Darcy Porter | March 03, 2022
Focusing on Mental Health
A new campus initiative aims to address a national concern related to the mental health of underrepresented students in high school, better preparing them to thrive in college.
A national online poll among first-year college freshman found that students of color feel more overwhelmed and less prepared, both emotionally and academically, than their peers. Often times the culprit is mental health.
By partnering with the STEVE Fund, SUNY Brockport will be better equipped to address the unique mental health needs of our BIPOC (black, indigenous and people of color) students. The STEVE Fund’s comprehensive, 18-month long program will evaluate our campus climate, issue a task force report, and guide us through the creation of programs and strategic partnerships related to improving the emotional well-being of our diverse student body.
“As a counseling center director, I’ve looked at ways to make mental health a campus priority, but we’ve never had the money to do something like this. Fortunately, with the gift of those funds, we’re able to make it happen.”
Darlene Schmitt, Associate Director of Counseling Center
The STEVE Fund is a leading organization in the quest for mental health resources for young people of color, with an intentional focus on college students and college campuses. What originated from the basic realization that mental health was adversely affecting high school performance for students of color more so than white students, eventually grew into what is it now.
The organization provides training to college campuses across the country in order to increase the availability and utilization of mental health resources – ultimately increasing success rates – of underrepresented college students.
But such complex and important work doesn’t come without a hefty price tag.
It was all made possible by the Higher Education Emergency Relief Fund (HEERF) that Brockport received during the COVID-19 pandemic. HEERF, as part of the federal CARES (Coronavirus Aid, Relief, and Economic Security) Act, allocated monies to colleges for both student aid and institutional purposes. Brockport received over $500,000 to spend on these types of programs, and immediately identified the $30,000 investment in the STEVE Fund as a priority.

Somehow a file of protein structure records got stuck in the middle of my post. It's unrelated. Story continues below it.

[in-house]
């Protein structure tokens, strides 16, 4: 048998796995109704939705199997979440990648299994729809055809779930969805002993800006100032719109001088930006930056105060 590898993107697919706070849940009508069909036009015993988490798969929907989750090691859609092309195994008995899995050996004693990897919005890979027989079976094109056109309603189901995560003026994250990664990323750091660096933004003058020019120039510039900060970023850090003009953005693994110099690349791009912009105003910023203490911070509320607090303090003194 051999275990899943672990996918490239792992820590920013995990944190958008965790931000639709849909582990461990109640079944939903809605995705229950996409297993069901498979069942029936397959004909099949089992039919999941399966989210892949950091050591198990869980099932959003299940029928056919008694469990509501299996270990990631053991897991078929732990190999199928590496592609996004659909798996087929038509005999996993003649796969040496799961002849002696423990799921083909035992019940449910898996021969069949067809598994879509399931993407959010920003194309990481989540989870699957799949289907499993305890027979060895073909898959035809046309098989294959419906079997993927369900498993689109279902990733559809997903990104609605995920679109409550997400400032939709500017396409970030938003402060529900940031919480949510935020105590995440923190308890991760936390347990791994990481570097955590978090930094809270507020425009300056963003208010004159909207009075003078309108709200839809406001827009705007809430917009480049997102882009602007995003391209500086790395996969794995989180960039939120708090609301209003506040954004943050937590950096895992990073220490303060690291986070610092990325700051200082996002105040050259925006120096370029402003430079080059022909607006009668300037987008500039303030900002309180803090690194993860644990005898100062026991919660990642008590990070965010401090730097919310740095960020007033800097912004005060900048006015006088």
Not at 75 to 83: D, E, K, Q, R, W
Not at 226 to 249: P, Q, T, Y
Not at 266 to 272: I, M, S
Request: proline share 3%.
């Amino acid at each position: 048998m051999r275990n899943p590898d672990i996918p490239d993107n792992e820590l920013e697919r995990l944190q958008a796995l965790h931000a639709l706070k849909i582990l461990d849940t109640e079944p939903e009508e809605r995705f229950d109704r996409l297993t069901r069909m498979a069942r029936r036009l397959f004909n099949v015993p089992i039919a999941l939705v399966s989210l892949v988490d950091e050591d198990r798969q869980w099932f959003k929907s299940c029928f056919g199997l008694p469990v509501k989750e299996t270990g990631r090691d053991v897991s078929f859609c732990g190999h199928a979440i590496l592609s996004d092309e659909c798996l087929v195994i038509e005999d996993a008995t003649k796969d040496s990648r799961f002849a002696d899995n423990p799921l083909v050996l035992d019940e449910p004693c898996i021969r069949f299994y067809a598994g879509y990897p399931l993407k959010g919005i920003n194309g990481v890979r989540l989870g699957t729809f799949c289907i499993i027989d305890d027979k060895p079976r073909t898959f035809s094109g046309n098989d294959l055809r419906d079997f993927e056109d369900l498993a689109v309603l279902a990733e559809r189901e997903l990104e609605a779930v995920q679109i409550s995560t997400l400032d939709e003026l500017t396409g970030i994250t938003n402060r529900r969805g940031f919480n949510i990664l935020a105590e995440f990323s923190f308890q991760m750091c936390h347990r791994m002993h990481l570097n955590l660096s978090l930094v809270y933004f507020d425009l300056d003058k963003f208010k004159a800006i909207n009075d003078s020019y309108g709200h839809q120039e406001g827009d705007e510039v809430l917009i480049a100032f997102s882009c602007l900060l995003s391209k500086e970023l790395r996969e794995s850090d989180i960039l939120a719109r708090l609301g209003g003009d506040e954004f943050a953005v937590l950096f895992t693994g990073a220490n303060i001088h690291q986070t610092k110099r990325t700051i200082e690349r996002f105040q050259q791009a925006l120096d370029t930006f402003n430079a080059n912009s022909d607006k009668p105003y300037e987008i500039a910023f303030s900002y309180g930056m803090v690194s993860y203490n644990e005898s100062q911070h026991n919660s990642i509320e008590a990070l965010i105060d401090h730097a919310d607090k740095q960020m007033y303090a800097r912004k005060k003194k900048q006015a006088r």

“All of our students matter. So if we help our students of color, then we help all our students. And if we help all our students, then we helped the institution.”
“We’re really focusing on the needs of the BIPOC population, because we know the pandemic has hit them harder. The trauma of that, combined with the racial trauma, I think is a lot deeper. It’s super important that they know that we’re here for them,” Schmitt said.
On top of advocating for underrepresented students, the work being done by Schmitt and others who serve on the STEVE Fund Implementation Committee aims to improve the campus culture as a whole.
“All of our students matter. So if we help our students of color, then we help all of our students. And if we help all of our students, then we helped the institution.”
Phase one of the work is currently in process. The STEVE Fund will assess our current mental health landscape by gathering data from students, faculty, and staff to evaluate how campus is responding to and managing mental health-related concerns. Brockport’s internal steering committee is simultaneously engaging in their own evaluations; surveying key stakeholders from across the College to identify goals and next steps. This extensive period of observation and data collection will result in a comprehensive report and list of recommendations.
Phase two will consist of implementing these new measures — and the committee is excited about the many opportunities for growth that will inevitably arise. Initiatives such as a Mental Health Strategic Plan, an Equity in Mental Health Framework, mental health-related programming for students of color, and training opportunities for faculty and staff are just some of the intended outcomes.
However, Schmitt says that the work promoting mental health awareness for underrepresented students does not end with the STEVE Fund. It’s a continuous, ongoing process, one that the College will have to constantly revisit and improve over time.
“This really is an opportunity for all of us to contribute to mental health and, you know, make it all of our responsibility.”
Crisis Text Line for Students of Color
Are you a current student of color at Brockport? Feeling down, stressed or overwhelmed? Text STEVE to 741-741 to connect with a trained crisis counselor.